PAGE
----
Effects of oral and transvaginal ethinyl estradiol on hemostatic factors and hepatic proteins in a randomized, cross-over study (PDF)
Sitruk-Ware,Regine; Plu-Bureau,Genevieve; Menard,Joel; Conard,Jacqueline; Kumar,Sushma; Thalaband,Jean-Christophe; Tokay,Barbara A.; Bouchard,Philippe
Journal of Clinical Endocrinology and Metabolism 92(6): 2074-2079
Publication date: 2007
The use of combined hormonal contraceptives with ethinyl estradiol (EE) and a progestin results in alterations in potential biomarkers of venous thromboembolism risk. Evaluation of the impact of delivery route on these changes is difficult due to an interaction between EE and the progestin component.
The aim of the study was to compare the impact of oral and vaginal administration of EE alone on hemostatic variables and estrogen-sensitive liver proteins.
This was a single-center, randomized, crossover study with two treatment cycles separated by a washout cycle.
The study was conducted in an academic outpatient center.
Fourteen healthy postmenopausal women were enrolled; 13 completed the study and were included in the analyses.
Participants were randomized to receive EE (15 µg/d) delivered by oral tablet or vaginal ring for 21 days in one of two treatment sequences.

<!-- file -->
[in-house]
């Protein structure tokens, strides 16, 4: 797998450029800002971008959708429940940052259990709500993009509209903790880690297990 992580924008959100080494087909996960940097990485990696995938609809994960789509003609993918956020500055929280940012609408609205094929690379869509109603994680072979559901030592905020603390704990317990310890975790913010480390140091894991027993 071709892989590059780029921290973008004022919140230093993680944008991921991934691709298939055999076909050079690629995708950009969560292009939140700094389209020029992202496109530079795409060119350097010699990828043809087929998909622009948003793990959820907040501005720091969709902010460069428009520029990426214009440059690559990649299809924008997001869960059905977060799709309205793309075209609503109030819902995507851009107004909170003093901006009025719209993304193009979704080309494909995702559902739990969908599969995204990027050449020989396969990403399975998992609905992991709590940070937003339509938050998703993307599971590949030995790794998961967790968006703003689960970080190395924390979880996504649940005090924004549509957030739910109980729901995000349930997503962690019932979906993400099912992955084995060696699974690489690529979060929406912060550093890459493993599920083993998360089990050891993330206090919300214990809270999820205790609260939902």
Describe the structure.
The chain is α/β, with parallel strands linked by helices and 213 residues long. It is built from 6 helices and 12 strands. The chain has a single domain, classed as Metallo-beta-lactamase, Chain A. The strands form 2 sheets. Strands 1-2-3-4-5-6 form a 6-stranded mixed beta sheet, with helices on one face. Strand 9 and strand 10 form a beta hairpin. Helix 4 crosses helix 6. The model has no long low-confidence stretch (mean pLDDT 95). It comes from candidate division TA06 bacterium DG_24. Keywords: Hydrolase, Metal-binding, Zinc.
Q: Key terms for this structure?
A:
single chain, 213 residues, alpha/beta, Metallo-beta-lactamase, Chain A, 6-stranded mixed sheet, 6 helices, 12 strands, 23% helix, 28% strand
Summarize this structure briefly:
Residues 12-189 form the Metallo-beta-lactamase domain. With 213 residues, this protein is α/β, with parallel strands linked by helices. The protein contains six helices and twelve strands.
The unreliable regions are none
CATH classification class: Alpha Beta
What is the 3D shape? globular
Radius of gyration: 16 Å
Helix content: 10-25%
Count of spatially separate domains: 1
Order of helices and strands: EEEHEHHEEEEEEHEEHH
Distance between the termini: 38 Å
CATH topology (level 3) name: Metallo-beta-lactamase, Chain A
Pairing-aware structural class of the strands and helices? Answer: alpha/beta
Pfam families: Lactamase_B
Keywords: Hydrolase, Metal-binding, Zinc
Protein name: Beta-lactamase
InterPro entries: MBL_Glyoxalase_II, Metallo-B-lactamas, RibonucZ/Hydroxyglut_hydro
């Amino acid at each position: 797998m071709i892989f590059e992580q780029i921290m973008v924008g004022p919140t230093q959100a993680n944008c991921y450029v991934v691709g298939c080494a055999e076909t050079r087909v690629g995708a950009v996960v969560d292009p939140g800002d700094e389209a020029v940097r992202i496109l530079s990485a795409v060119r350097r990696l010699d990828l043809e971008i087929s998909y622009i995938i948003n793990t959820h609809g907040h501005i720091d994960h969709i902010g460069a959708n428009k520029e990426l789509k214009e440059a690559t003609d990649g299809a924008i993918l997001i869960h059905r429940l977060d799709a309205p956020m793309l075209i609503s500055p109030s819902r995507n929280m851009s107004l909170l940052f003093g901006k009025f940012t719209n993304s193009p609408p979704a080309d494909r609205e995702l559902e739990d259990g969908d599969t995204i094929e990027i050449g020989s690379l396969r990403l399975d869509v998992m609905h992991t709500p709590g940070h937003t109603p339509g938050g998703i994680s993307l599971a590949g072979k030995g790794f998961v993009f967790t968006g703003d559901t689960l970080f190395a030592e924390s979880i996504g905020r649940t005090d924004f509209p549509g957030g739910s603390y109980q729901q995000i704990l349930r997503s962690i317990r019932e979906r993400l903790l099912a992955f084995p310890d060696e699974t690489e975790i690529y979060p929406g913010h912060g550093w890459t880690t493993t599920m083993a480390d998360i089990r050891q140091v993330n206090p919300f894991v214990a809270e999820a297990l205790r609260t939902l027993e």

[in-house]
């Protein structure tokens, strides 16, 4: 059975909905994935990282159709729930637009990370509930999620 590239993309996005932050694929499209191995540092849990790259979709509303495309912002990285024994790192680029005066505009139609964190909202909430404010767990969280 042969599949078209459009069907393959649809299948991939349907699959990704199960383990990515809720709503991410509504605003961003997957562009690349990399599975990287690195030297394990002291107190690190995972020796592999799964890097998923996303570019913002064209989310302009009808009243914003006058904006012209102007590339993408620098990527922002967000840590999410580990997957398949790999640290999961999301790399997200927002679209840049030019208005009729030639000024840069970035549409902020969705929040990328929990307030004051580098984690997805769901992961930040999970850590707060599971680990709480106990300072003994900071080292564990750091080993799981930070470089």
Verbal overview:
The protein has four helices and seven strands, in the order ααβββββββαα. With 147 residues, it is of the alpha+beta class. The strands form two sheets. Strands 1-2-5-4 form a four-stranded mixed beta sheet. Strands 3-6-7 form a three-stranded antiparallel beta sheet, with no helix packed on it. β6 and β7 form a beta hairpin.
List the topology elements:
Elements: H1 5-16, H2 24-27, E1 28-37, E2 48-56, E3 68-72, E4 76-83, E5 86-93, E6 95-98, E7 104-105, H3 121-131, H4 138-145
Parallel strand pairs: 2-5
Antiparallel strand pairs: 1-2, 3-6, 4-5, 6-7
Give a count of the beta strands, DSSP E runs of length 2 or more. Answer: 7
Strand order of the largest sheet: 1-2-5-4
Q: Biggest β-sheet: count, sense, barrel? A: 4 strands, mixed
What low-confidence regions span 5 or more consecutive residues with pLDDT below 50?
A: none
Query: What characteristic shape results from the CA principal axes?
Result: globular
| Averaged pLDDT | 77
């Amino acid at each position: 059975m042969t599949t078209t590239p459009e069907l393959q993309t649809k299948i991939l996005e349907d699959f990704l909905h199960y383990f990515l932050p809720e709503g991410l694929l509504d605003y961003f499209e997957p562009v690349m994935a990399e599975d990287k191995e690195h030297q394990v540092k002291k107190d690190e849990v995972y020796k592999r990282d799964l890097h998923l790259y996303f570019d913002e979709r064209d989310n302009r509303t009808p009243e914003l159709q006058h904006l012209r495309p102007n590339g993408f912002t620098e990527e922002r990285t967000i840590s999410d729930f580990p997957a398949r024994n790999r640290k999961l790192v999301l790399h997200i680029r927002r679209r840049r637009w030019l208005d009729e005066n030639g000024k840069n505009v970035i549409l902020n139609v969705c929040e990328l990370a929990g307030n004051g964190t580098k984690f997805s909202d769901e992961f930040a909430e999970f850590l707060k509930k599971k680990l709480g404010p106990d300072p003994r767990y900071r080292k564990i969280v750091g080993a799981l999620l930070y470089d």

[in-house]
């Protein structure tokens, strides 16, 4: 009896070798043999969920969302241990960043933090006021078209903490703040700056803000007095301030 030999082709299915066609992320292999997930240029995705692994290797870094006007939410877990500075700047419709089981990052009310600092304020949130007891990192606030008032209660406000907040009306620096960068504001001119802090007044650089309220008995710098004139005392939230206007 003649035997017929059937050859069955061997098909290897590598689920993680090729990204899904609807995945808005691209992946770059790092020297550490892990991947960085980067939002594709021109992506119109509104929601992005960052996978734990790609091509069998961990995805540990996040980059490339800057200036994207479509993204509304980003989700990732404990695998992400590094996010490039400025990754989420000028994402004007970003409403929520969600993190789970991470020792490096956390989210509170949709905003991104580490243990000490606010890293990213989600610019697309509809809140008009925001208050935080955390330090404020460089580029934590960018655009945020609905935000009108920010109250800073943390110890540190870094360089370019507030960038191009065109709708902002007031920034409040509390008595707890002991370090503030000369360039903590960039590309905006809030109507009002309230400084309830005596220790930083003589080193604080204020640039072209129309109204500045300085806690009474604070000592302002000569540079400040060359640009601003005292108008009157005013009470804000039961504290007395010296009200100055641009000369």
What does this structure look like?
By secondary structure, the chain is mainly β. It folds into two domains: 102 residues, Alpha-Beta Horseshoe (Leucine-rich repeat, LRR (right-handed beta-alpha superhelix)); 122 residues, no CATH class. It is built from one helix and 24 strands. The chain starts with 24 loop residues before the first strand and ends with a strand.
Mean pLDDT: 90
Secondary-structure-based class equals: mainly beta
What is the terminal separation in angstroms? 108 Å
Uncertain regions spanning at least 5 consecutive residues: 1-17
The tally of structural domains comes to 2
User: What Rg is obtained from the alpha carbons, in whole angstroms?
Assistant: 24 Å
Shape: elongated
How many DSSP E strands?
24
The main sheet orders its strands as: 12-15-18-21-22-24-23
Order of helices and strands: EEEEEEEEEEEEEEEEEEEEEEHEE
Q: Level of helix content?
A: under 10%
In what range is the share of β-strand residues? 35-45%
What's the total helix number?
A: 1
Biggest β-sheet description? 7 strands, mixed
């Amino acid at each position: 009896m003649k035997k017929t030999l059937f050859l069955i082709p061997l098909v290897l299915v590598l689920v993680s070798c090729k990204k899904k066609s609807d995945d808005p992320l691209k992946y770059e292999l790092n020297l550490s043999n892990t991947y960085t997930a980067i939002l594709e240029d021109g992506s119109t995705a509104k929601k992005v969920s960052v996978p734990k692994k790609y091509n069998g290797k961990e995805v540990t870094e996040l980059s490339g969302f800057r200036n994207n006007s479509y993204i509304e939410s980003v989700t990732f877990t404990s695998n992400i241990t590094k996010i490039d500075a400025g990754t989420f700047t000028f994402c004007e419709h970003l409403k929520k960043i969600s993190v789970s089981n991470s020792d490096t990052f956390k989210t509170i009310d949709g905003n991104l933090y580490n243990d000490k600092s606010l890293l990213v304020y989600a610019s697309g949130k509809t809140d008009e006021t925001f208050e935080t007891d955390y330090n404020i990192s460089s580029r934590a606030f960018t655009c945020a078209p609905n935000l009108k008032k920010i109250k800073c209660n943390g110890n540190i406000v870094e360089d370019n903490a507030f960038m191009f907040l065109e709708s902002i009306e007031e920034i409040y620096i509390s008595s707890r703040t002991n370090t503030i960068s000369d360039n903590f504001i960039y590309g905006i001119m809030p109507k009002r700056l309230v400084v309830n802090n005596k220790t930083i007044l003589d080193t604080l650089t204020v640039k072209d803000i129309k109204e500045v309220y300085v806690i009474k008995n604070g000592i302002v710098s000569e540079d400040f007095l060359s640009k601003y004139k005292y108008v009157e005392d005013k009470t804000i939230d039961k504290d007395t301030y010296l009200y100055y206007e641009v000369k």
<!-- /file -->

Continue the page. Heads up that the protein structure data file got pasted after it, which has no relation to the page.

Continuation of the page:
Main outcome measures
Changes in plasma concentration or activity of ten hemostatic variables and six estrogen-sensitive liver proteins between baseline and day 21 of treatment were the primary outcomes.
Prothrombin fragment 1 + 2 plasma level was unaffected by treatment or delivery route. Angiotensinogen (expressed as plasma level of angiotensin I) increased similarly with oral and vaginal delivery; mean (SD) increases were 2,757 (1,033) and 2,864 (893) ng/ml, respectively (P = 0.0002). Alterations in other study variables, except total cholesterol, were similar with oral and vaginal administration.
Our results provide evidence that the customary effects of combined hormonal contraceptives on hemostatic variables and estrogen-sensitive liver proteins are largely related to EE and independent of delivery route during short-term treatment.
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